December 08, 2022

From the Pastures: Keeping clean

Hopefully the groundhog is not correct and spring is closer than six weeks away. It has been cold the last few days and nights. The sheep are doing well, but stay in the barn most of the time. The north side of our barn has three doors. Two remain open this winter unless a big storm is predicted. Most of the sheep can go in and out.

The hay we put into big square bales is working well. It is easy to feed and the sheep are keeping good condition. We have some big metal crates that we made out of liquid fertilizer containers. These are helping manage the hay and hopefully keeping the sheep’s wool cleaner. A couple of the small Shetlands can get into the middle of the big crates. Once inside it takes them a while to find their way out. Guess they found a way to get around the bigger sheep.

The mill is busy with several different types of fiber. In the past month we have processed a lot of alpaca, Shetland wool, Icelandic wool, wool mixed with mohair and Romney wool. I have another online sale at the end of the month, so I am trying to get some of my Shetland wool ready. I worked with a very soft white Shetland wool and made it into roving.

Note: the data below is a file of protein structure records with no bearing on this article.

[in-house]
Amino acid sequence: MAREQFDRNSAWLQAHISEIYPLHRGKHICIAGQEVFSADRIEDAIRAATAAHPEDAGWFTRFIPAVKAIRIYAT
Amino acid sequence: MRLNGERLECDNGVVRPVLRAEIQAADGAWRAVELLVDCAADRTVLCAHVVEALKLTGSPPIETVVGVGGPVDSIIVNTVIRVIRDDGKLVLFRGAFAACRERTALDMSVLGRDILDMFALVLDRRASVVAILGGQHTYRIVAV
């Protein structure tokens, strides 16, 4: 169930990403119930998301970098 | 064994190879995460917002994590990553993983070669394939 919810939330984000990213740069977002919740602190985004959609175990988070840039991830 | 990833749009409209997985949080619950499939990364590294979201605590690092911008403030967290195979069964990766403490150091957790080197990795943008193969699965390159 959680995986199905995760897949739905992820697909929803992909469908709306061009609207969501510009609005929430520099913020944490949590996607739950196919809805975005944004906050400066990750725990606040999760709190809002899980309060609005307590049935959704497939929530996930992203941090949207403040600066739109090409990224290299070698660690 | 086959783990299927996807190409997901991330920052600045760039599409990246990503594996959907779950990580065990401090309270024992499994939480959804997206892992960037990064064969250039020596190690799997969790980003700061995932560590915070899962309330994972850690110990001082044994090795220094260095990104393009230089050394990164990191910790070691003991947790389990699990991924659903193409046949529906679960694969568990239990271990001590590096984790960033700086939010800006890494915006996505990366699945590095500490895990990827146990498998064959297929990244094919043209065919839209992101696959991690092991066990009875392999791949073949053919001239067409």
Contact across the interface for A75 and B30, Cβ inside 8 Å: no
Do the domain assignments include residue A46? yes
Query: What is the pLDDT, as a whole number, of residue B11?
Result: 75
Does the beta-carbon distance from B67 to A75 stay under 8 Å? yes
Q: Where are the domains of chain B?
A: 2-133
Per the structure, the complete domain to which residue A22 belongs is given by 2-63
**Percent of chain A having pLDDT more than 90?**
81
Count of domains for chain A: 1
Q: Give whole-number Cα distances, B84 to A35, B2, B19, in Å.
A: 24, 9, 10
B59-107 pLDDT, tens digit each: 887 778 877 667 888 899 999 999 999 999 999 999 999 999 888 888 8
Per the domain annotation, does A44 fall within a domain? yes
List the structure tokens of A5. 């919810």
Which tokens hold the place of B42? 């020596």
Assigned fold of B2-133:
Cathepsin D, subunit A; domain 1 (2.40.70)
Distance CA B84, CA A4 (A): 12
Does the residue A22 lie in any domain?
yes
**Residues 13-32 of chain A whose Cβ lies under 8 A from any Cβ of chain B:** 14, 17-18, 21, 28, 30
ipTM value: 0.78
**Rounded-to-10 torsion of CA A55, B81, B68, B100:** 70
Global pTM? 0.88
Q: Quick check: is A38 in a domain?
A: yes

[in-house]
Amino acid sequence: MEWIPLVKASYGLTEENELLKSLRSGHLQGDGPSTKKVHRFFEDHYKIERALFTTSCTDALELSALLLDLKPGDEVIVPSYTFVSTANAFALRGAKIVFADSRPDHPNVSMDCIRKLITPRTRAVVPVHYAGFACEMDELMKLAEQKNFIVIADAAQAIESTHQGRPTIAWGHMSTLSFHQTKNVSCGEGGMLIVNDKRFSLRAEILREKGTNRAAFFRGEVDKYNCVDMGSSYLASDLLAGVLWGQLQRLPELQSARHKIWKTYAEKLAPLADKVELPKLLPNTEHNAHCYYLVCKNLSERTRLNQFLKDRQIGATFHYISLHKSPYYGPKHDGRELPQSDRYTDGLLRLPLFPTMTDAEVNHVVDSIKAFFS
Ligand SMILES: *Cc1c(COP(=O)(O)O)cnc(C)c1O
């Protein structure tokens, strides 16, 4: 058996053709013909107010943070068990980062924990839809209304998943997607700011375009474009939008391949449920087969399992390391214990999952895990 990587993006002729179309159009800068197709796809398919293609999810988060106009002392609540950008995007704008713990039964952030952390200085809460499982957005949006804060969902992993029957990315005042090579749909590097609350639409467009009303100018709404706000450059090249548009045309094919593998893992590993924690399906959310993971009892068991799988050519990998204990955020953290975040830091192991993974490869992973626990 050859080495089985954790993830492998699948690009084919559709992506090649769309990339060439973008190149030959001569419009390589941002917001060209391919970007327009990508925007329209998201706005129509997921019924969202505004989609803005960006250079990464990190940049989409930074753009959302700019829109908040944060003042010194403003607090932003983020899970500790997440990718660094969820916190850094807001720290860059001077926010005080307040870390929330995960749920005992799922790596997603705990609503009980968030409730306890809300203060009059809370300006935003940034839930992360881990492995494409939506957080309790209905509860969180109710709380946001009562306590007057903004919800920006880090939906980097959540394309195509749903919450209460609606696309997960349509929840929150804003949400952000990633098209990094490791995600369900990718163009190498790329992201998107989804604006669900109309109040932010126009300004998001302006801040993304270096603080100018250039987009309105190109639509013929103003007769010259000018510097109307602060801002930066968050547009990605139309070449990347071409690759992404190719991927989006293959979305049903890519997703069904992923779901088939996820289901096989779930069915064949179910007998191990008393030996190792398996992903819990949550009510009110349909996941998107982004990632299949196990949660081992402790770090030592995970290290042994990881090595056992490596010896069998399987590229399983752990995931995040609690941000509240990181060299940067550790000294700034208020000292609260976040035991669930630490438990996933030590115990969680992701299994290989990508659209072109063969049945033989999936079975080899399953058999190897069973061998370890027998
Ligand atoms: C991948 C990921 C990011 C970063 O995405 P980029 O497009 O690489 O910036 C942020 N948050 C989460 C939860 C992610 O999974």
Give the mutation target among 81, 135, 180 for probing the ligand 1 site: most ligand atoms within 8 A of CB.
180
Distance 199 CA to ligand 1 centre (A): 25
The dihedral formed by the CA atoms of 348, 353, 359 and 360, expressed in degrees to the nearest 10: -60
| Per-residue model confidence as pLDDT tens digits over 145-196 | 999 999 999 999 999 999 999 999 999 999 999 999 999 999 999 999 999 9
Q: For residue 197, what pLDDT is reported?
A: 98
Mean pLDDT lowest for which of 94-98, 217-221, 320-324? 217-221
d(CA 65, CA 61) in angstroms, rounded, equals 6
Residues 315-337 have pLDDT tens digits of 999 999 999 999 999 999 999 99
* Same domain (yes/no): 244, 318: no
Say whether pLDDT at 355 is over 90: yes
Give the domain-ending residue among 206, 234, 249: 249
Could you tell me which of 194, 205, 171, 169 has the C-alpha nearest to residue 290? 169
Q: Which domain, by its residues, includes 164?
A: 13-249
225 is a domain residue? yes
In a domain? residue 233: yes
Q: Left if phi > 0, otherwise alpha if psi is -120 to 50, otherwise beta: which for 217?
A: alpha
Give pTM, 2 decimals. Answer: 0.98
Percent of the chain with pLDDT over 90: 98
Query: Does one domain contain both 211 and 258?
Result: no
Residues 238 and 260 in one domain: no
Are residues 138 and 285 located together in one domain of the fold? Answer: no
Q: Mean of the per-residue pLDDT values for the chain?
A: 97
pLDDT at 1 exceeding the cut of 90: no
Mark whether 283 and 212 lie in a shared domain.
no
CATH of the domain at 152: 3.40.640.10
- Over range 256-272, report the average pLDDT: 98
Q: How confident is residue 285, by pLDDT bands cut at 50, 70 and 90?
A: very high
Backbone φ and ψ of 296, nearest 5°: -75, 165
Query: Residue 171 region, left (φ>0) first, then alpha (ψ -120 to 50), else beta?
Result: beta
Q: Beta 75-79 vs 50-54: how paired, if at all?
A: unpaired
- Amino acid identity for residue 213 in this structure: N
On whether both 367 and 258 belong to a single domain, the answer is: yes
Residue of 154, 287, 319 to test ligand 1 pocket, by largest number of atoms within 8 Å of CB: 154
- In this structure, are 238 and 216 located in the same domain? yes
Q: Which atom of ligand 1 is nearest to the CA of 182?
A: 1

My black ram’s wool had some hay in it. Even after tumbling it, not all the hay came out when it was carded. I have to pick the small pieces out by hand. This takes a while, but the fiber is very nice and worth taking extra steps. Hay management is not easy, but important when making yarn and roving. Stay safe and warm.

Jane Zeien

Jane Zeien

Belvidere, Ill.